Despite taking steps in this direction, replacing staff and pursuing thousands of criminal cases, we have not been able to radically change the situation. People rightly say that you cannot resolve even an insignificant little problem without paying a bribe.
In recent years, we have increased the penalties for economic crimes and malfeasance. But I would like to say that further developing the legal framework in order to simplify the procedure of establishing criminal liability for corruption could lead to arbitrary decisions, and thus could end up increasing corruption itself.
Neither slogans nor fancy manoeuvers will solve this problem. We need a systematic programme of action, with not only legal measures but also ones relating to financial and organisational aspects, as well as personnel. United Russia can initiate such a programme. But for it to be effective we must keep a close eye on our own actions.
I have already said that power and money should exist separately. This also applies to party lists. That is, those members of the party that can be elected deputies to the State Duma.
Representatives of big business are obviously distinguished people. They have a major influence on what happens in the country and on the economy. And, of course, they can contribute to the party, not only in the financial sense but also in the ideological one. We need their advice as we set about providing the necessary impetus to the economy.
But do we need them personally on party lists? As parliamentarians and figures in charge of important businesses, would they enjoy parliamentary immunity? Would they be able to develop their own businesses, which requires energy and time, while remaining objective when taking decisions that affect the whole of the economy?
I would like to emphasise that I mean nothing personal here. We must simply create a workable system of effective government.
We have substantially increased spending in the social sector in order to better pay public sector employees. As I recall, it has grown 150% in real terms over the last three years. Now we have the opportunity to bring it to the level of the average wage in every region.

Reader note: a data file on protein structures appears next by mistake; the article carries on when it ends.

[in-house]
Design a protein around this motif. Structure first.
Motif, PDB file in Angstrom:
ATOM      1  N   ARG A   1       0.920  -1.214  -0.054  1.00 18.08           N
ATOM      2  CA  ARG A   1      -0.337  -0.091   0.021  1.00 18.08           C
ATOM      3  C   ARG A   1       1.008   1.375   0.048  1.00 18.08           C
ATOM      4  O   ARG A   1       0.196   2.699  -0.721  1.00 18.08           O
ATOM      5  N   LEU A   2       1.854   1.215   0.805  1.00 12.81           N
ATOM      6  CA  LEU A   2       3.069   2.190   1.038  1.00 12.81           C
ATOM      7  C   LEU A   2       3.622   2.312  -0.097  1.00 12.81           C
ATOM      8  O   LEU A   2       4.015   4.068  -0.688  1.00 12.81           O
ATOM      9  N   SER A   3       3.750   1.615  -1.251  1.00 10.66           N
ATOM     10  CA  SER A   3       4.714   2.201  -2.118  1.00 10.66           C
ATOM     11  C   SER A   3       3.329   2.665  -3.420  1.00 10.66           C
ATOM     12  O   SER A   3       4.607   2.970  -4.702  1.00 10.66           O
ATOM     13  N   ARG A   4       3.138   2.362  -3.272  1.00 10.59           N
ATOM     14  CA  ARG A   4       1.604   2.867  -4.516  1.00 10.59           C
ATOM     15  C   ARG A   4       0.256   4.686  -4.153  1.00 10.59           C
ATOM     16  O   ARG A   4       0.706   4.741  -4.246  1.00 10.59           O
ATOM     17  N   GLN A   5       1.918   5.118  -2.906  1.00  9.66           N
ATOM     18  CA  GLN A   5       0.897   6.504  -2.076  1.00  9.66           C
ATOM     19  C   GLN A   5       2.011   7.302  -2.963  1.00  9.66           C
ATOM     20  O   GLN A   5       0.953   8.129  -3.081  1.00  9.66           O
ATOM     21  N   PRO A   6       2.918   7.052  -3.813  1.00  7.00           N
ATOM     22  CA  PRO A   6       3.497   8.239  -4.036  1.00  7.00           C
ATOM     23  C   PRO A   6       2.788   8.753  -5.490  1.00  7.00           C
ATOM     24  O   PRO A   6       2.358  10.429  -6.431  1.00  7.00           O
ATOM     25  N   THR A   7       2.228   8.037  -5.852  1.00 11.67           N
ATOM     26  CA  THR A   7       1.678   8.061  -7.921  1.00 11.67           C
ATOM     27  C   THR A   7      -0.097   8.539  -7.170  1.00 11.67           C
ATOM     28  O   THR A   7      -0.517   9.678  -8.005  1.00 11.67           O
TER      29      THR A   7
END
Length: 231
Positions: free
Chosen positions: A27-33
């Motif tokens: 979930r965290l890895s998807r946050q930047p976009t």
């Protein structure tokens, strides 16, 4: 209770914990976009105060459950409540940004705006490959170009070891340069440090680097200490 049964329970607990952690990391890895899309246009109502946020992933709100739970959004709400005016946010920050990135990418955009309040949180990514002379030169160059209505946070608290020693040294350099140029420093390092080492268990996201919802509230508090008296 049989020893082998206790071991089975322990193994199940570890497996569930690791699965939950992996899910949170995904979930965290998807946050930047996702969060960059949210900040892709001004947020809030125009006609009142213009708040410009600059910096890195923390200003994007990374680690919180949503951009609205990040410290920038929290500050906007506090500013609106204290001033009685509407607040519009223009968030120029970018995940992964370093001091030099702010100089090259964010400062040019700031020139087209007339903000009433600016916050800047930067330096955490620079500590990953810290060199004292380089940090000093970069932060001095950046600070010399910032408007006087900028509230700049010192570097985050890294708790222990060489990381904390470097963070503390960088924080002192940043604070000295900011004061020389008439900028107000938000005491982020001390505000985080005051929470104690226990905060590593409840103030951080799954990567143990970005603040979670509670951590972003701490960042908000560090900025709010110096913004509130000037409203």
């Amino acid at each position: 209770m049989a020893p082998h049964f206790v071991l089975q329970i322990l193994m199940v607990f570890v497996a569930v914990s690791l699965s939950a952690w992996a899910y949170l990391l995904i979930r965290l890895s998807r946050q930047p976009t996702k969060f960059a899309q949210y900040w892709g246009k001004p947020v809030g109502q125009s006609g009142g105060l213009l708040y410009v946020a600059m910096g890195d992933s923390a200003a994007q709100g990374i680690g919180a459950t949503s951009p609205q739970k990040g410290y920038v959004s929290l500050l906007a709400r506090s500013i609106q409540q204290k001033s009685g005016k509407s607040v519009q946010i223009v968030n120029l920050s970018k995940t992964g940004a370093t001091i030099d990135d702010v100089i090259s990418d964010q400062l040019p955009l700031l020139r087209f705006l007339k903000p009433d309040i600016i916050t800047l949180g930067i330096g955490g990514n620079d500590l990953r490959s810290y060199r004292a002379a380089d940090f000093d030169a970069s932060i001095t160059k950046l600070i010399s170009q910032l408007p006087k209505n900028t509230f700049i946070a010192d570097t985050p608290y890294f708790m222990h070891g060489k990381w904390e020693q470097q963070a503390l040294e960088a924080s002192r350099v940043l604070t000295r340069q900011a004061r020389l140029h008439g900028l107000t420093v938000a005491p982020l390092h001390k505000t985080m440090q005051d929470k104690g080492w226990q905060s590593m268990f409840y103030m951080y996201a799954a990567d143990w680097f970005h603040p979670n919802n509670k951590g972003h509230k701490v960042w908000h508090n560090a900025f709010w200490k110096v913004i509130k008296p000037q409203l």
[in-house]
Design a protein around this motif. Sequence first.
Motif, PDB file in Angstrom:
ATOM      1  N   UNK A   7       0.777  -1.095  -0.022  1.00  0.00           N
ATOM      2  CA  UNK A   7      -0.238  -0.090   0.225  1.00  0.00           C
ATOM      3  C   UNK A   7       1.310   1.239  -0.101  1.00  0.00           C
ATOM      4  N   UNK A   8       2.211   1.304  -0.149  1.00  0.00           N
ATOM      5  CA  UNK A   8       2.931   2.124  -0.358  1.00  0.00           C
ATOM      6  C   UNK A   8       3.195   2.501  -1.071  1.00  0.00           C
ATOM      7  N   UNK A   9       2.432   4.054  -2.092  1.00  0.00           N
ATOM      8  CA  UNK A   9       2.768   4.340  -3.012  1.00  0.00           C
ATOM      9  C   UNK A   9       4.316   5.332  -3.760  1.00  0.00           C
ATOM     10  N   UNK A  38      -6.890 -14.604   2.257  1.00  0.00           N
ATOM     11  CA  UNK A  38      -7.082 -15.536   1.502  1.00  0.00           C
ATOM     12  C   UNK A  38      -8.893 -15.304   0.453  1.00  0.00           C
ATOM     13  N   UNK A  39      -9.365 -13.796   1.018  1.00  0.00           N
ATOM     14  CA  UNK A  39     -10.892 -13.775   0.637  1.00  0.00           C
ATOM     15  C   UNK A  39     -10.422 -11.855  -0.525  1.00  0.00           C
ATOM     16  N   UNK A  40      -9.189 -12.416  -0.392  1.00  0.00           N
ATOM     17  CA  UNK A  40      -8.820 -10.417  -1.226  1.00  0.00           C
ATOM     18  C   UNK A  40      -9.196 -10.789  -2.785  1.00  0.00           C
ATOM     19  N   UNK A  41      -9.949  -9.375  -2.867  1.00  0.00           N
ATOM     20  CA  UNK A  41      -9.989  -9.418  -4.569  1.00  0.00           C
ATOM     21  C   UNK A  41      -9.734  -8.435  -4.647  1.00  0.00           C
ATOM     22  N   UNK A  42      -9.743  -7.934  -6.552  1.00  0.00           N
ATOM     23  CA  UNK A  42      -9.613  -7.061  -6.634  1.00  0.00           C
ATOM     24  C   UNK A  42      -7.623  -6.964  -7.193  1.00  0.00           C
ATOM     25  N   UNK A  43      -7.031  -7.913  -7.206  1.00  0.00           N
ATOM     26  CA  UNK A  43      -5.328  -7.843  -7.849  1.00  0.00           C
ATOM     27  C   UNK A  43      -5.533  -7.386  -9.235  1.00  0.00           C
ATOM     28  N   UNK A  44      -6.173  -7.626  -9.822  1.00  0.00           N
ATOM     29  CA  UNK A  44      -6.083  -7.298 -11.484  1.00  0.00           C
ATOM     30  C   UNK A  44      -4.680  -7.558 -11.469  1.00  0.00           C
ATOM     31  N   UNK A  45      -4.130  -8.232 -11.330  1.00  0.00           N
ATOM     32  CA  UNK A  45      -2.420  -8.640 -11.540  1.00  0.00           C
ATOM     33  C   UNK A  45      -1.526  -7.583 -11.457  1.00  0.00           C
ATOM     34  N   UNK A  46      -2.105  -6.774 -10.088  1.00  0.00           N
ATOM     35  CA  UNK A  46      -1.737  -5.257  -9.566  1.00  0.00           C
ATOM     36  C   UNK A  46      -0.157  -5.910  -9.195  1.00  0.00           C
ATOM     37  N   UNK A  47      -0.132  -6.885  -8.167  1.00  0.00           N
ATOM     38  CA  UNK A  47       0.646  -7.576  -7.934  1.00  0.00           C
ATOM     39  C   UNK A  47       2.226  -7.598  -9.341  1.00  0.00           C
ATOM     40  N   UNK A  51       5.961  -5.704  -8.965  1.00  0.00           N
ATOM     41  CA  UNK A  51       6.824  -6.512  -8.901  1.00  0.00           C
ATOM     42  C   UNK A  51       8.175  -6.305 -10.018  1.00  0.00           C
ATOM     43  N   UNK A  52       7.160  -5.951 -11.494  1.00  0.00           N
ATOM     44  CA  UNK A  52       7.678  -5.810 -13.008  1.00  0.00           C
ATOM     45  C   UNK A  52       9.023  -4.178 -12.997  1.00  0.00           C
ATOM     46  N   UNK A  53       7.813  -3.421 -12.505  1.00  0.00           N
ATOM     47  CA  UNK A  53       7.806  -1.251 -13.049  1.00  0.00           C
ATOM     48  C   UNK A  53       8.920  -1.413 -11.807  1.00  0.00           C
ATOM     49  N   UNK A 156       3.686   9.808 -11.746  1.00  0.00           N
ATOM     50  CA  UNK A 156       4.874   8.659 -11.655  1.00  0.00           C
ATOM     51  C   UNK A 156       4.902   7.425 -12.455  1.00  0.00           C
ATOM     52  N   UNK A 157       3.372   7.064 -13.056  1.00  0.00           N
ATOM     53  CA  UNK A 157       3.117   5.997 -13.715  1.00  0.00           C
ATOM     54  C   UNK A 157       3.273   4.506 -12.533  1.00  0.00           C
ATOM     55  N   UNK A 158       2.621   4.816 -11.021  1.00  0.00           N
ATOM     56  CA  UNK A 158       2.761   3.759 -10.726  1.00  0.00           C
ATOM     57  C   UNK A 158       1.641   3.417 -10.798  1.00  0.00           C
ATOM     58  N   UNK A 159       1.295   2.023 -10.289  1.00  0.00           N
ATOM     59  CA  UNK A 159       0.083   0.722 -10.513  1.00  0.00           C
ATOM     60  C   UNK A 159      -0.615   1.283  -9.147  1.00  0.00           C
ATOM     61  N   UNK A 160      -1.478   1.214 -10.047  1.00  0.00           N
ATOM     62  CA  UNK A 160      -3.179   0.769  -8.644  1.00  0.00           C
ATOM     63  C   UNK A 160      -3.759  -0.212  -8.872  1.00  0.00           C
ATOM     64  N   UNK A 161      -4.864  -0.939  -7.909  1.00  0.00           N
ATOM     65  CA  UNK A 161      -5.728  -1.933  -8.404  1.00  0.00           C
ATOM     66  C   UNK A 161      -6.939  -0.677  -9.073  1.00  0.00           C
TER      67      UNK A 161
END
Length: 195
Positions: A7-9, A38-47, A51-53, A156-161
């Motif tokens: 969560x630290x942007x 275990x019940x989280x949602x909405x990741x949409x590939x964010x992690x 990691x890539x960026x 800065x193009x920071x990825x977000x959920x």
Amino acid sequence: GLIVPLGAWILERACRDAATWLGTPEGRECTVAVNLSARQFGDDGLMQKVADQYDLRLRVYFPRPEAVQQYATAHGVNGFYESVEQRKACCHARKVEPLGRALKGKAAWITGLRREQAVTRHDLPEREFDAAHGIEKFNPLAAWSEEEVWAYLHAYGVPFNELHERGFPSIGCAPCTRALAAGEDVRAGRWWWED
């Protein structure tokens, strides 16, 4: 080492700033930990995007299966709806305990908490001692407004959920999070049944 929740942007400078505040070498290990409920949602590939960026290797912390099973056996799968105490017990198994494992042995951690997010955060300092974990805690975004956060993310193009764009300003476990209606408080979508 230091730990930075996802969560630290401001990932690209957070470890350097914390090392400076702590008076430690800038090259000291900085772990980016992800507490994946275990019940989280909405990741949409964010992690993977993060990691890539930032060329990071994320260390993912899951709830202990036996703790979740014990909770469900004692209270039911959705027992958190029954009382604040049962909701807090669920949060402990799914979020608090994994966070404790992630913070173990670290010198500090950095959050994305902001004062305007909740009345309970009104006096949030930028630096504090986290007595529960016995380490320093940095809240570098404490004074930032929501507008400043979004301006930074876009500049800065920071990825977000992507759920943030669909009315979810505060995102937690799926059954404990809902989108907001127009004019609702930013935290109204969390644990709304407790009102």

But maintaining these agencies and this staff is not an end in itself. The social sphere must ensure the proper delivery of the most important services to millions of Russian citizens.
However, if there has been any change in the public sector, it has been very slow. We still have the same lineups of people seeking information and various documents, the same lack of attention being paid to customers.
It is important not only to increase the provision of social assistance. Here, a profound transformation and the introduction of contemporary models for subsidisation and remuneration is desperately needed. Those who work in the public sector must have the necessary motivation to provide quality service to people and receive a decent wage for doing so.
In education from pre-school to higher education we need to introduce new educational standards that respond to modern needs. And our health care must be directed to resolving the principal challenge we face, to achieve an increase in life expectance and reduce mortality.
This goal must also involve the promotion of physical education and sport. You know that Sochi’s Olympic victory represents a success for all of us.
Many future champions of these Olympic Games are now 14–16 years old. Now we must do everything in our power for the revival of sports and physical education, to convince a new generation to choose a healthy lifestyle.
We don’t need to do this for Olympic gold: that is not the point at all. The more places for sport, stadiums, hockey rinks and football fields, the more children and adolescents who take up sport, the easier it is to protect them from drug abuse, drunkenness and criminal influences.